How clone server hard drive and replace drive, help please?

Discussion in 'Acronis True Image Product Line' started by pcumming, Jan 28, 2009.

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  1. pcumming

    pcumming Registered Member

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    I have used Acronis True Image (Home version) for a good number of years. Great product.

    I recently was asked to help a friend out who has a business with one server
    HP Proliant ML310. A few years old. No documentation or Invoice listing what is in it. Not sure if it is basic model or G2,3,4,5. Have service tag# but do not think HP has service tag lookup like Dell does.

    Running Windows Sever 2003. It has 2 drives in it. First is an 80gb drive with 2 partitions. Second drive is a 1tb drive that is connected to a Raid device via SATA cables-this 1tb drive is used for Data.

    We Want to replace primary drive with a larger drive
    My friend wants to replace the 80gb drive (I doubt it is a hot swappable drive-we have to take a look) with an off the shelf (Newegg, BestBuy, etc..) SATA 250gb drive as they are running out of working space on that drive.

    I may have to hire someone, but in general what is the best way to backup the 80gb drive (with 2 partitions) and restore them to a 250gb drive so that I can replace the current drive and boot from the new one and have the server come up okay??

    I assume I need Acronis True Image Echo for Windows Server ($699. I also assume I cannot take out and clone the disk via USB in a Windows XP machine using True Image home).
    1a***Can I connect a 250gb off the shelf SATA drive that I put in an external USB case to the server and back up the 2 partitions on the first internal drive to the new drive (connected via USB just for cloning) to perhaps a 3rd partition I createo_O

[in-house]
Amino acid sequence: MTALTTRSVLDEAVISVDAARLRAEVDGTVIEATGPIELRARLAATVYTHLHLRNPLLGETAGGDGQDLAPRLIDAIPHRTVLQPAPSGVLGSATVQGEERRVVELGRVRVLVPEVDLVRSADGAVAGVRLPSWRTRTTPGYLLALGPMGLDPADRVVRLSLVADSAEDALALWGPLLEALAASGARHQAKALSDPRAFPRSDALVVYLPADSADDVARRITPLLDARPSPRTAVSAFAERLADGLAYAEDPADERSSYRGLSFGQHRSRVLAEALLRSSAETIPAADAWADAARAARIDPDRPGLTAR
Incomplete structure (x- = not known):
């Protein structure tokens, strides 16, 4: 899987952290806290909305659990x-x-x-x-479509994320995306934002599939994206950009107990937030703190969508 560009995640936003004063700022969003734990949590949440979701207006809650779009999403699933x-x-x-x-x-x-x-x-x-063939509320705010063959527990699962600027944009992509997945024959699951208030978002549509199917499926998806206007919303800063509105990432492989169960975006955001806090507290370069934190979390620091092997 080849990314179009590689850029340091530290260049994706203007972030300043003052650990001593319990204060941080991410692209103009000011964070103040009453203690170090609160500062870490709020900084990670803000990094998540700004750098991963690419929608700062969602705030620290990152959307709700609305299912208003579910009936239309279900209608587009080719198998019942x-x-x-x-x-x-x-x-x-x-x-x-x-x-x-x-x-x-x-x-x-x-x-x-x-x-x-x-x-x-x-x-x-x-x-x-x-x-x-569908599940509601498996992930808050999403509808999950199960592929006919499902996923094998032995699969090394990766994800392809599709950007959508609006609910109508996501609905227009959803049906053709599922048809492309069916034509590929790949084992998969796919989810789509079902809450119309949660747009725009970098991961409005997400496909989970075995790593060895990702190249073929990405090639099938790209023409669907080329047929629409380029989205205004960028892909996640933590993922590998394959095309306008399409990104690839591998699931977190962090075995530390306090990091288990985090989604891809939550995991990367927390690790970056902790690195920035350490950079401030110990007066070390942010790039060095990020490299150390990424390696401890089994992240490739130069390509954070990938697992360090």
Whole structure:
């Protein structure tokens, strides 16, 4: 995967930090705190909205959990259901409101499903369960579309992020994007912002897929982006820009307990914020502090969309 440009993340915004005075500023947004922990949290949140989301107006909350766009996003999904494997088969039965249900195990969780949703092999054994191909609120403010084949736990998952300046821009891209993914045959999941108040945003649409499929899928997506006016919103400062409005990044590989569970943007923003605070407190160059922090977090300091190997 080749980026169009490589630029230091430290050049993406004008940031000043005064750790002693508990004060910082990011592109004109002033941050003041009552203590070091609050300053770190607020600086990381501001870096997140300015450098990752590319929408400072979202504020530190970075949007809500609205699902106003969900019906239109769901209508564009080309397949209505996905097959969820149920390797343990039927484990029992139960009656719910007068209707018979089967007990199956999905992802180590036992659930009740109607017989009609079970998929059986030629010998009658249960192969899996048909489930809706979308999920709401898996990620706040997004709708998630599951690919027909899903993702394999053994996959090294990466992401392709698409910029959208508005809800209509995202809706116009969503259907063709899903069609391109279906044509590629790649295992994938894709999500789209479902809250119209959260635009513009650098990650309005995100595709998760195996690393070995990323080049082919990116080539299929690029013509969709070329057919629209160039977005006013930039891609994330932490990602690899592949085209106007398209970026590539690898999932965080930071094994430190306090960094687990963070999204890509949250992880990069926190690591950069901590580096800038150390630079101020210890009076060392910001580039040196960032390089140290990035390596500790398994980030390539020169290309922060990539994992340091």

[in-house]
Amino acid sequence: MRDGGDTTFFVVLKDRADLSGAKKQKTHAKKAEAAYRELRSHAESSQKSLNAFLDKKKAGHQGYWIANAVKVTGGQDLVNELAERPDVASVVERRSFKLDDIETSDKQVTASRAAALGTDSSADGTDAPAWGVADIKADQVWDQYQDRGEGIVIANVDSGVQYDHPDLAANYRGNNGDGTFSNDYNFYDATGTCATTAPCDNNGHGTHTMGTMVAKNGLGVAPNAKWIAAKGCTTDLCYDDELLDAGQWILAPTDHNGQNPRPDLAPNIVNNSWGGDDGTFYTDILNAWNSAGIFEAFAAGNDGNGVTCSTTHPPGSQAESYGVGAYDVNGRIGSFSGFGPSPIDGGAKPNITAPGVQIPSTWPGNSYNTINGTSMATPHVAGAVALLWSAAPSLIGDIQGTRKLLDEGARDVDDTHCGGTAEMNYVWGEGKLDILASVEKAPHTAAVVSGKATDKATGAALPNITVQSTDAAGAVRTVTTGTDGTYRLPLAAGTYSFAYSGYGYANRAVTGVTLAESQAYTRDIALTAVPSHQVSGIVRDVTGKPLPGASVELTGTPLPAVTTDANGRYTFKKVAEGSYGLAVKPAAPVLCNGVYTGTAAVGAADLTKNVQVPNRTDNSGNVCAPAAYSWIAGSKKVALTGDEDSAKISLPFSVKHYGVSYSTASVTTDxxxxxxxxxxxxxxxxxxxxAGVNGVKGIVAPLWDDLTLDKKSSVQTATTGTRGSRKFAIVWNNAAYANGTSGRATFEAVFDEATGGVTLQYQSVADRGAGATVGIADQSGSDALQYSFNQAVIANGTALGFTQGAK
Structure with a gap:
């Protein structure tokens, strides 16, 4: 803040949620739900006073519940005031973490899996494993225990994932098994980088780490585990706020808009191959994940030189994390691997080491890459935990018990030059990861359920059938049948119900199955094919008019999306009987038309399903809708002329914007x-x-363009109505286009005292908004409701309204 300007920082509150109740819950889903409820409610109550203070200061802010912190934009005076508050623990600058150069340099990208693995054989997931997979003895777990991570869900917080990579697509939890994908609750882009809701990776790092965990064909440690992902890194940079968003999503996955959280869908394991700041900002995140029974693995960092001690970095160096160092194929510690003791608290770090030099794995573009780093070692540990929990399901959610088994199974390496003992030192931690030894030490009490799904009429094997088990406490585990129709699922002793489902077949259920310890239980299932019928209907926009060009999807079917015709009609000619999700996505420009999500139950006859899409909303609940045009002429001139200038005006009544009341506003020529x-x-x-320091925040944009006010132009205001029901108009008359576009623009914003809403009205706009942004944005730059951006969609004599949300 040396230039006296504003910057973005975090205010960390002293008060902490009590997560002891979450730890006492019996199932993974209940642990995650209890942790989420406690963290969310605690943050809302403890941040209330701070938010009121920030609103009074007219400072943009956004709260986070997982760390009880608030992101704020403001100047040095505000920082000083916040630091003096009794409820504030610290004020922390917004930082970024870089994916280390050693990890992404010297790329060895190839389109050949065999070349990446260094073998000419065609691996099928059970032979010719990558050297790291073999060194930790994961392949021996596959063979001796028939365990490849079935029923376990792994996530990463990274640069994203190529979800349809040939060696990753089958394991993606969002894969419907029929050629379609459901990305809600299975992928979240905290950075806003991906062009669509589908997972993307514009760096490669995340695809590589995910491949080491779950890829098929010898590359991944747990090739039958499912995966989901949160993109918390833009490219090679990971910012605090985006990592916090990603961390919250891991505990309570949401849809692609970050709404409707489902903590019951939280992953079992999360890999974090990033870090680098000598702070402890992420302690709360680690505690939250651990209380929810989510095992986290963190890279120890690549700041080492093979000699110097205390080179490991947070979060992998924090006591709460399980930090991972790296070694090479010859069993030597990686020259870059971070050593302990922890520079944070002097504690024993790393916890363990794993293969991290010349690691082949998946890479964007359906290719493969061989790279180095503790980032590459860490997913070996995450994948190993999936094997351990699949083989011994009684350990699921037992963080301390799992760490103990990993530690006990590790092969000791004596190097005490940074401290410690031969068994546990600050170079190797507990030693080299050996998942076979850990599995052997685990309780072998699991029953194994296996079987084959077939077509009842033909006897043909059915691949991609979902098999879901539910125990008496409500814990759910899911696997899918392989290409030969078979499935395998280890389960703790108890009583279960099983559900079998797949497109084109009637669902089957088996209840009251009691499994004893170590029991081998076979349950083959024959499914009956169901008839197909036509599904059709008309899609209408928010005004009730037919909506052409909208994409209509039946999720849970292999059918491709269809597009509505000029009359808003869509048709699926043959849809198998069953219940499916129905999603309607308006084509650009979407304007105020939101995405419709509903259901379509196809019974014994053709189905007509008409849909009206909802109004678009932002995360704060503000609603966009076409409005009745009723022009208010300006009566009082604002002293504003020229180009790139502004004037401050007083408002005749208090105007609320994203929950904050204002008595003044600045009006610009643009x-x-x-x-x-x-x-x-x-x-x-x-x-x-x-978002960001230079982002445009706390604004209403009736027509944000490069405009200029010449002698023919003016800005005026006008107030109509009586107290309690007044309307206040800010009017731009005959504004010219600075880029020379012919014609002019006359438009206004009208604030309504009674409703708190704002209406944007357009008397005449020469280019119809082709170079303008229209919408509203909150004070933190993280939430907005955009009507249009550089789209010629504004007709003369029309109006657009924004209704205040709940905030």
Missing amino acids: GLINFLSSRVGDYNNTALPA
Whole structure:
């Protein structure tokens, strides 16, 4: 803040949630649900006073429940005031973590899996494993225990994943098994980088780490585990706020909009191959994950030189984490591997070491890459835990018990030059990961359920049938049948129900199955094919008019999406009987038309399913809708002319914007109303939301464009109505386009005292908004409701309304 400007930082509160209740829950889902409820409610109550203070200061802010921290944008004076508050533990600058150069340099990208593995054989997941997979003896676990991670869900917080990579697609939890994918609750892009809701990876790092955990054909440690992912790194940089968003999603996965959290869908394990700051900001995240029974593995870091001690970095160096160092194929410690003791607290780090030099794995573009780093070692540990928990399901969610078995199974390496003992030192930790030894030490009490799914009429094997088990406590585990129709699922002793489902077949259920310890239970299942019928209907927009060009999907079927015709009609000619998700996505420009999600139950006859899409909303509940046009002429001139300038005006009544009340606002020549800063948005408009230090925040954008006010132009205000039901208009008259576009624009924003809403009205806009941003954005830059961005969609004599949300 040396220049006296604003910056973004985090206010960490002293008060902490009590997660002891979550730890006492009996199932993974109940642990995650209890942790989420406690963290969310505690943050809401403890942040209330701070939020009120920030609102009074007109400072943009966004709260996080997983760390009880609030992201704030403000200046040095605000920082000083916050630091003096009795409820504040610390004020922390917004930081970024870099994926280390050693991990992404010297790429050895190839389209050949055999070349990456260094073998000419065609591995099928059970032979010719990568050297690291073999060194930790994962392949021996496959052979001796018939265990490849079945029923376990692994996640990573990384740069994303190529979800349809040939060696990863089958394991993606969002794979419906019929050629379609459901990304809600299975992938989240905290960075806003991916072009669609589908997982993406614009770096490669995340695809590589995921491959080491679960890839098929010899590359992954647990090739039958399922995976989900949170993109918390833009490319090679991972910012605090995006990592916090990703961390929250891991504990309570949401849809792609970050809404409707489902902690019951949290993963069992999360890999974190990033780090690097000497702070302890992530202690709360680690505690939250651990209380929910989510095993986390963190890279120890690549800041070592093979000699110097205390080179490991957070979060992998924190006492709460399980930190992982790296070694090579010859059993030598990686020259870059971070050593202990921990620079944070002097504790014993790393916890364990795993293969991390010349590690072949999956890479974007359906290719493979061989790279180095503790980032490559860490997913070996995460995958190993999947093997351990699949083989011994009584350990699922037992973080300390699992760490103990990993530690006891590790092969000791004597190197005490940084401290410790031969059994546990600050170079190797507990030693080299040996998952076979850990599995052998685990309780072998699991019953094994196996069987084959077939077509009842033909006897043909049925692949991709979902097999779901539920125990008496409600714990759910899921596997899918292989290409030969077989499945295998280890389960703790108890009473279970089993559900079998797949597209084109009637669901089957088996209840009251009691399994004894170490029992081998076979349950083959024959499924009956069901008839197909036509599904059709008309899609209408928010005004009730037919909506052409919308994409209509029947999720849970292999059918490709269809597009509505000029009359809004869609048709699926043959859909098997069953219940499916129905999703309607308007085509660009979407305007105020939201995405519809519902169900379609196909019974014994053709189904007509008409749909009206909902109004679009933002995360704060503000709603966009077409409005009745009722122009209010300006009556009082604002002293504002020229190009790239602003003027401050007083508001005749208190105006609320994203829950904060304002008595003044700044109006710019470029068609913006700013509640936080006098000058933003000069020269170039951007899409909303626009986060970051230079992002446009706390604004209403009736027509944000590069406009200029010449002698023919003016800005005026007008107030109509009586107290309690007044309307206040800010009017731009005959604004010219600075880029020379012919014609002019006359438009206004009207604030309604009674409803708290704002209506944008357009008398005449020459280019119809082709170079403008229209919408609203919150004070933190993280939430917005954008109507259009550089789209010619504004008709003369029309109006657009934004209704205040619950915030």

Then I would restore from the 3rd partition to 2 partitions (2 restores)

    Am trying to pick the easiest way to backup and restore to a different drive without adding another drive internally to the system.

    I know nothing about server partitions and if they are EISA are just NTFS, etc... Not sure about servers. My friend knows about managing servers but not the hardware part.

    Any basic help appreciated. I can even try it with the 14 day Acronis trial before purchasing it. I know they will need it in the future.


    Thanks
    Peter
     
  2. Alan M

    Alan M Registered Member

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    hmmmmmmmm
     
  3. Alan M

    Alan M Registered Member

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    Hi Peter,

    You can restore the entire drive back in one shot. Use an external USB drive as the destination of your backup and backup the entire original disk to the USB drive. Install the new drive into the server and boot from the Aconis CD then select the USB drive image as the restore source.

    If there is anything dodgy with the partitions on the original drive back up each partition seperately to the USB drive. I would then partition the new drive and restore each partition.

    Hoep this helps,
    Alan
     
  4. pcumming

    pcumming Registered Member

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    Thanks, wouldn't I have to first backup the partitions separately with Acronis to the USB drive?